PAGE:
Bear witness to the loud 'n' proud Harrier jet sequence that hogs the last half hour of the forthcoming True Lies and the cartoon-modelled carrying on of Jim Carrey in The Mask, due later this year in a welter of twirling eyeballs, rubber jaws and demented, Dali-esque body movement: our hero is truly a bouncing baby boy. He's putty in his own hands.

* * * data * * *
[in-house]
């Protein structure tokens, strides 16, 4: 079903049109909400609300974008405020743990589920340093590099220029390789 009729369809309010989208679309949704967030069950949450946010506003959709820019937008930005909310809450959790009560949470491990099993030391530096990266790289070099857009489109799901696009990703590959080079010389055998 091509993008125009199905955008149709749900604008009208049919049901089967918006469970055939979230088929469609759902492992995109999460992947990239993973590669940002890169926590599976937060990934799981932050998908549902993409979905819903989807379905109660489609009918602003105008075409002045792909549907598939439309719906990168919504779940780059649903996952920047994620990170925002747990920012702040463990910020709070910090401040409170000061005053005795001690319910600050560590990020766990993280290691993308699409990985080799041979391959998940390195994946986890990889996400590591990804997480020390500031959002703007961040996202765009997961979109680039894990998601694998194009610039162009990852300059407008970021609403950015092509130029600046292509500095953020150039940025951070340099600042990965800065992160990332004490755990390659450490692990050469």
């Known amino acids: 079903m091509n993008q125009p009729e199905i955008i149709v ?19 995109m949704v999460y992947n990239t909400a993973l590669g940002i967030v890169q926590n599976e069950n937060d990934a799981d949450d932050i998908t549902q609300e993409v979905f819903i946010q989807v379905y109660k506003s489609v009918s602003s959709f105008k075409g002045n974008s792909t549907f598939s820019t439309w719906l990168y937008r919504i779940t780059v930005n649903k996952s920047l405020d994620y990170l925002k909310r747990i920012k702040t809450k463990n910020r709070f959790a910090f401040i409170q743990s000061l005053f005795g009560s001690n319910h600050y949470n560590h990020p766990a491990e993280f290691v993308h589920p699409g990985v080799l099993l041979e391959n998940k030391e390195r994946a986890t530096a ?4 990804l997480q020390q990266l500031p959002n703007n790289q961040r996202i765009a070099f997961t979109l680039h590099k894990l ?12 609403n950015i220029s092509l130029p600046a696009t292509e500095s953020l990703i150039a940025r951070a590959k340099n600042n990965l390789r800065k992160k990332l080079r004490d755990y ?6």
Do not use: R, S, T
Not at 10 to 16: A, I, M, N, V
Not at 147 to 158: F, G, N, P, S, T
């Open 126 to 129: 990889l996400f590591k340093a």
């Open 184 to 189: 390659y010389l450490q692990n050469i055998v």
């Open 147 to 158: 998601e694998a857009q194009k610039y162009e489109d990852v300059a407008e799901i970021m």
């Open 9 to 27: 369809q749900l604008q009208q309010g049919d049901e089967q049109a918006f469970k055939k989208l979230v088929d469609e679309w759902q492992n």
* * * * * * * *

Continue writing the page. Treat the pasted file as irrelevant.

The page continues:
Jurassic Park has proved influential in other ways. True Lies and The Mask (and The Flintstones) also mimic the model Nineties blockbuster in having appalling scripts, poor pacing and acting that makes the technologically constructed creations appear more real than the human beings. For a return visit to Jurassic Park reveals a work almost wholly reliant on what could be dubbed the 'wow' factor; the visual distractions are meant not merely to dominate but to compensate. The simulated creatures of the micro-chip substitute for more old-fashioned pleasures - like the simple joy we might derive from a deftly told story, a well-read line, the practised, pouting expression on a sultry siren's face. Which explains why so many punters stagger from the cinema today repeating that childish modern mantra: 'Weren't the special effects fantastic?' I mean, what else is there to say?